BWW Review: DOGFIGHT at CenterStage Theatre- JCC Of Greater Rochester

BWW Review: DOGFIGHT at CenterStage Theatre- JCC Of Greater Rochester

You're probably not familiar with the 1991 film Dogfight, starring River Phoenix, which didn't make much of a blip in the cinematic world. Fortunately the musical adaptation experienced much more success, and the current SummerStage production of the show running until Sunday at Rochester's JCC demonstrates why it deserves a second chance from anyone who wasn't won over by the movie.

Written by Peter Duchan with music by Benj Pasek and Justin Paul (of Dear Evan Hansen fame), and set against the backdrop of San Francisco during the height of the hippie era, Dogfight centers on the romance between Eddie Birdlance (CJ Garbin), a Marine enjoying his last night of freedom before shipping out to Vietnam, and Rose Fenny (Sydney Howard), a quiet girl who works in her mother's diner. Like many works of theatre, Dogfight is presented as a flashback, with the opening scene showing Eddie on a bus returning to San Francisco after coming home from the war and looking visibly shell-shocked.

Presented without intermission, the first half of Dogfight revolves around a cruel prank executed by Birdlance and a group of his fellow Marines, in which they're each tasked with duping an unsuspecting young woman into being their date to a party, the spoils going to the Marine whose date is the ".....homeliest." After Rose discovers the purpose of the party and of the Marines who threw it, she flees (although not before delivering Eddie a quite resounding slap to the face, which elicited the evening's most thunderous applause from the audience), and the second half of the show focuses on their reconciliation and a myriad of other issues including sexuality, virginity, consent, toxic masculinity, war, fear, and not letting oneself be defined by other people's perceptions and judgements. The show comes full circle, with the final scenes depicting a violent battle scene, Eddie's return home, and his reunion with Rose.

It cannot be overstated how uncomfortable, and even sometimes repulsed, the first half of this show made me. To be clear, this is not at all a reflection of the cast or production (both of which are excellent), but more how deeply sickening it was to witness a group of self-entitled young men so horribly mistreat and humiliate unsuspecting women based on nothing more than their appearance, especially given the current cultural backdrop of the #metoo movement. It made me squirm and look away more than once. But this was surely the author's intent, as Rose spends much of the play's second half taking Eddie to task over his misogyny and cutting through his bravado. While the play's thematic content is sometimes hard to stomach, it was immensely satisfying to watch Rose's metamorphosis from a meek and meager waitress into an empowered and self-assured woman who confronts Eddie and leads him to change, become vulnerable, and even understand real intimacy. My only disappointment came from the fact that Birdlance's fellow Marines didn't experience a similar about-face (pun intended) regarding their attitudes toward, and treatment of, women.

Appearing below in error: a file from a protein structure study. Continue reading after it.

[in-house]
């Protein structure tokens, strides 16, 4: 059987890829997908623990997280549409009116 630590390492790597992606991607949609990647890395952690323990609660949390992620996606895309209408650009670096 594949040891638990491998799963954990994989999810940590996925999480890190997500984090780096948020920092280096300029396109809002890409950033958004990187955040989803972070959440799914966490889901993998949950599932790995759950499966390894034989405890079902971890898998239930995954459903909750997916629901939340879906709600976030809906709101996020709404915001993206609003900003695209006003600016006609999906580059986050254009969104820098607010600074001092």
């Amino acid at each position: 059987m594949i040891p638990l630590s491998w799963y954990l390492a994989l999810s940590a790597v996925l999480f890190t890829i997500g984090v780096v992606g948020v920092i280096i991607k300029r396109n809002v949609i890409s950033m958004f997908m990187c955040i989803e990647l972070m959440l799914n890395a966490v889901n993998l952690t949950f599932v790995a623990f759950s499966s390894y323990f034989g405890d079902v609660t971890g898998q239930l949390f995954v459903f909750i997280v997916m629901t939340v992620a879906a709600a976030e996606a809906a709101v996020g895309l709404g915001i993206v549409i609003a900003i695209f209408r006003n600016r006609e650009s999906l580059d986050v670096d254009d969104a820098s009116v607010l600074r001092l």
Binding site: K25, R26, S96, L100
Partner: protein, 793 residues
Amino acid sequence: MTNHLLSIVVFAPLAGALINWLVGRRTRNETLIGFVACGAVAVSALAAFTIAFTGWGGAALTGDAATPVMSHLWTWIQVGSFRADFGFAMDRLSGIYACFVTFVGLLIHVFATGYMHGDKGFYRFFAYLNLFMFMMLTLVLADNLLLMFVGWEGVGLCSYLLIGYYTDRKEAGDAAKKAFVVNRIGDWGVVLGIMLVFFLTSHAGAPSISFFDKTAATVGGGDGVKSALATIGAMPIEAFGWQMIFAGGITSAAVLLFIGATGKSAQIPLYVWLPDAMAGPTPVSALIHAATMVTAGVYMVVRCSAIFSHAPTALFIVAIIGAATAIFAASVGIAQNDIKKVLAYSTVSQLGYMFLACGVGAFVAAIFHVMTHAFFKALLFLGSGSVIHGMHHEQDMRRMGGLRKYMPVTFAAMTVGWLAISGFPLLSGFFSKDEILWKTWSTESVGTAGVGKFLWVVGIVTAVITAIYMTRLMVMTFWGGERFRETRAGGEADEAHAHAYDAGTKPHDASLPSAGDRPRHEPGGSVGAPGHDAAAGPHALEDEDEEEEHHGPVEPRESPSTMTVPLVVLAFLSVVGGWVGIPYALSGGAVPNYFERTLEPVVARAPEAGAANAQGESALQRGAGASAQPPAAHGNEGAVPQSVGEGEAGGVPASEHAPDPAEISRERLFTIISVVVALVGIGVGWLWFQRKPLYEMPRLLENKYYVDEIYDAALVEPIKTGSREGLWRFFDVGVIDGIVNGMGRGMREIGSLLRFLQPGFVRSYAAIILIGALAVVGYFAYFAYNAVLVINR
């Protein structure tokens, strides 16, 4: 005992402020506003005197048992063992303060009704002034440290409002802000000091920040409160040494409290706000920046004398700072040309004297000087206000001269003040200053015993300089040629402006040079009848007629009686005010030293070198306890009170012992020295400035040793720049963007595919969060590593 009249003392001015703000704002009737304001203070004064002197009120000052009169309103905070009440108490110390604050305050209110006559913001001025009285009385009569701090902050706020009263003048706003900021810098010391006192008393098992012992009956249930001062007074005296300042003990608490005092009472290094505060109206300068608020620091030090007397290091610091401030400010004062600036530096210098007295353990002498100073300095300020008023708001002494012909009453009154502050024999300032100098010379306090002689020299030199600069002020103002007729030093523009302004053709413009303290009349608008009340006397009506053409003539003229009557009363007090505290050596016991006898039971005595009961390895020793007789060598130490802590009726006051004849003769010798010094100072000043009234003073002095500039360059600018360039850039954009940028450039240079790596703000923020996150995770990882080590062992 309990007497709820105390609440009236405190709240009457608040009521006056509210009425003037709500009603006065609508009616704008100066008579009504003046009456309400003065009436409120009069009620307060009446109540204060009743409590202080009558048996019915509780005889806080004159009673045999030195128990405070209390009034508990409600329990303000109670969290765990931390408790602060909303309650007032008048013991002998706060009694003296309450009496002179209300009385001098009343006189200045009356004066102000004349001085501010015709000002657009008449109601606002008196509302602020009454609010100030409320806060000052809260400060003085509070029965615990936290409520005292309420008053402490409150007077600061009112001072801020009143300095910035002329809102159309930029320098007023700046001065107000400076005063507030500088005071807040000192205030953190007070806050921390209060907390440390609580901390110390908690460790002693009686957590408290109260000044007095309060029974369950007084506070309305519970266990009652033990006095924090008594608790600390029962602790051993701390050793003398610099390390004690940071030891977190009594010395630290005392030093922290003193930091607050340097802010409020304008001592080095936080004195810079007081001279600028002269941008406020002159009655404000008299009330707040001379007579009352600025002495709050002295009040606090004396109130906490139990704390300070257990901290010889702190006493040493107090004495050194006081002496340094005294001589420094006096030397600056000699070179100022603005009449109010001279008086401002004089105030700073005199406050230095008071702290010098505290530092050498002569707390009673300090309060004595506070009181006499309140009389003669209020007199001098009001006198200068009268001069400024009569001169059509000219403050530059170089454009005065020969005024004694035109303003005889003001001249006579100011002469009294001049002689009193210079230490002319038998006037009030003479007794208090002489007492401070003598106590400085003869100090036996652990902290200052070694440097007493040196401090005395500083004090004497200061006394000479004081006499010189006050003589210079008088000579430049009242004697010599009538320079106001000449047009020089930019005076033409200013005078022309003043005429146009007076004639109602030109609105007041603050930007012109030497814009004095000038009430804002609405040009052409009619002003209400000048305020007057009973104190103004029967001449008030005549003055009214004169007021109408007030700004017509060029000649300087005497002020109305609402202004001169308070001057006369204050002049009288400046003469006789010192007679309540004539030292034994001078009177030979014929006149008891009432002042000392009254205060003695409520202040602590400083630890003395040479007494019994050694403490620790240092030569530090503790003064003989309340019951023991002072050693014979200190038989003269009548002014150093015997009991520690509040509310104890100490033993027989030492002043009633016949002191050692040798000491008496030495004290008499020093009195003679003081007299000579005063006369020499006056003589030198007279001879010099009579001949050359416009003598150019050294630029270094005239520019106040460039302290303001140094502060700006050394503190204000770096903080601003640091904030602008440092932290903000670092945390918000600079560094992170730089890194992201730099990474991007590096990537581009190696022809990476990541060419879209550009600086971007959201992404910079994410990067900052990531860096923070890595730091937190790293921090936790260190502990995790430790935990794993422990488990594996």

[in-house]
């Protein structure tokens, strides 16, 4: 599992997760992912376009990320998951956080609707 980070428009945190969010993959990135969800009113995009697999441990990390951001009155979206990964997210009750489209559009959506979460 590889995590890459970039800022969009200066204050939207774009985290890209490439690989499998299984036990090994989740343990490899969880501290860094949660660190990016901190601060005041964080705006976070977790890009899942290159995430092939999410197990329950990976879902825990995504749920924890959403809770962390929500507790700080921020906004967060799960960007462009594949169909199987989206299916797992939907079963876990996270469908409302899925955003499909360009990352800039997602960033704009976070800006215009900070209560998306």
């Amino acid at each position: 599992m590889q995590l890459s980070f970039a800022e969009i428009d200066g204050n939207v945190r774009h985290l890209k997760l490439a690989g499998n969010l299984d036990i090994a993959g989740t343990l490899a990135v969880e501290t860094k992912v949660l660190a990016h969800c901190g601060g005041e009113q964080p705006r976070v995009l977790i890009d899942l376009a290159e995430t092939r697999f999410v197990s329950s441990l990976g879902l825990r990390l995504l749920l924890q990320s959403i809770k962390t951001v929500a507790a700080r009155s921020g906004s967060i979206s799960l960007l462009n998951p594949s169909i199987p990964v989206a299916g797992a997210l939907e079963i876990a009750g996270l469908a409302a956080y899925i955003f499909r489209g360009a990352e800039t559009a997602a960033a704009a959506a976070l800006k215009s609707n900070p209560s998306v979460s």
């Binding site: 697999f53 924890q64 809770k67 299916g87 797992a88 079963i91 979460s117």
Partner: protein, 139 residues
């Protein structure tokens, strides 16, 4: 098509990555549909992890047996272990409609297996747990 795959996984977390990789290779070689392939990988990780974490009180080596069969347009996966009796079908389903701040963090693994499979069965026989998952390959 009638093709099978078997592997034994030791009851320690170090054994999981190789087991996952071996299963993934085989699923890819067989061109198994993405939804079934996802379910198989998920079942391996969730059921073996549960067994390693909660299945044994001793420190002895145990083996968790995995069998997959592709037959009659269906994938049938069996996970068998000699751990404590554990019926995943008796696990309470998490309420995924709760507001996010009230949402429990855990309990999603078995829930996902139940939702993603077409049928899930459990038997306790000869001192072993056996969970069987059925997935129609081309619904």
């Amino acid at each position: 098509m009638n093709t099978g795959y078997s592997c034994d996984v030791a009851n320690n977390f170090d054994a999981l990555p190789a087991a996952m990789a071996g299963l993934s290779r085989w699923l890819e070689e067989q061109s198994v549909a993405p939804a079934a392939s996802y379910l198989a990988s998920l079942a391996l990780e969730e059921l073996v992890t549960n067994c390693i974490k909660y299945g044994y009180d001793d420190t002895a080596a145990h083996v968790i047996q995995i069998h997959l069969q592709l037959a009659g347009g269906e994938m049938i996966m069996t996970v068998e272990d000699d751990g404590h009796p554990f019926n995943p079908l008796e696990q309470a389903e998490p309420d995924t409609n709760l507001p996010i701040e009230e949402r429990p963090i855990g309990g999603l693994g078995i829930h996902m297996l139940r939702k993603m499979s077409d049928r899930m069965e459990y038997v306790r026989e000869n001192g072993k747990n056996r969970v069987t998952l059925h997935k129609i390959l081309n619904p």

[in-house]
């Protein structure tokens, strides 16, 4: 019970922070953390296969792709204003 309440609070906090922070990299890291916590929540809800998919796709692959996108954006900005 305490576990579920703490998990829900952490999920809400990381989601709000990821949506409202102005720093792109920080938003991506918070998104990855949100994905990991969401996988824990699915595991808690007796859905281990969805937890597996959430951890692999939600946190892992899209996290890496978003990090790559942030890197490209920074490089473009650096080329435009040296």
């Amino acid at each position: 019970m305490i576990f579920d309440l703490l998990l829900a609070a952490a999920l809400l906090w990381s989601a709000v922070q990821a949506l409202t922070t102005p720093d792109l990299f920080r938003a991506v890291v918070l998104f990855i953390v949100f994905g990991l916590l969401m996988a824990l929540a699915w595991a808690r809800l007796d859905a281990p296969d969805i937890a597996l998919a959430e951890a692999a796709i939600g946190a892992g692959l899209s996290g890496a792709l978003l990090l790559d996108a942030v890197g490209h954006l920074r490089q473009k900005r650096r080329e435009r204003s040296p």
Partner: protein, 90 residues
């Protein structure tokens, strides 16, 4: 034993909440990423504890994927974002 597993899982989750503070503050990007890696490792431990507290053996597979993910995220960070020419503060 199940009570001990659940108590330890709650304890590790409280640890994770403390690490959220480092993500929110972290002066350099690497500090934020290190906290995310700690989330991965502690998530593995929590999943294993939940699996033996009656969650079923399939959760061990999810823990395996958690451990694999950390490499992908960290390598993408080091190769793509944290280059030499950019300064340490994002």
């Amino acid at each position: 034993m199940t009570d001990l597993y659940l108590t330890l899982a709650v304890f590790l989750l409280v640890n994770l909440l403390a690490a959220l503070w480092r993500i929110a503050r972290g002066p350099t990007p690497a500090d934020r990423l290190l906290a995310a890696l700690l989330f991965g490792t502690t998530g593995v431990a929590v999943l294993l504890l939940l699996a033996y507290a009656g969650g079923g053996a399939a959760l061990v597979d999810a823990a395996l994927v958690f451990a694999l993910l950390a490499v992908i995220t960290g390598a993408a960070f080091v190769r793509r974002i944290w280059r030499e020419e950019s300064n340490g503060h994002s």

The JCC's production of Dogfight features young actors in college and high school, though you wouldn't know it, as the cast is exceptional. Notable standouts include CJ Garbin (Birdlance), Alma Haddock (Marcy), and Reese Holahan (Boland), though the show-stealer and truly powerhouse performance came from Sydney Howard (Rose), who's singing and acting are well beyond her years. This role could have easily been swallowed up the boisterousness of the marines and other flashy characters, but Howard's vocals and acting chops cut an extraordinary stage presence that was mesmerizing to watch. Another tip of the hat goes to Katie Keller, whose choreography made the big dance numbers a real treat.

The JCC's production of Dogfight is important, entertaining, sometimes intense, and features a plethora of talent from an extremely talented group of young people. You have two more chances to catch this show. For more information and tickets, click here.

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From This Author Colin Fleming-Stumpf

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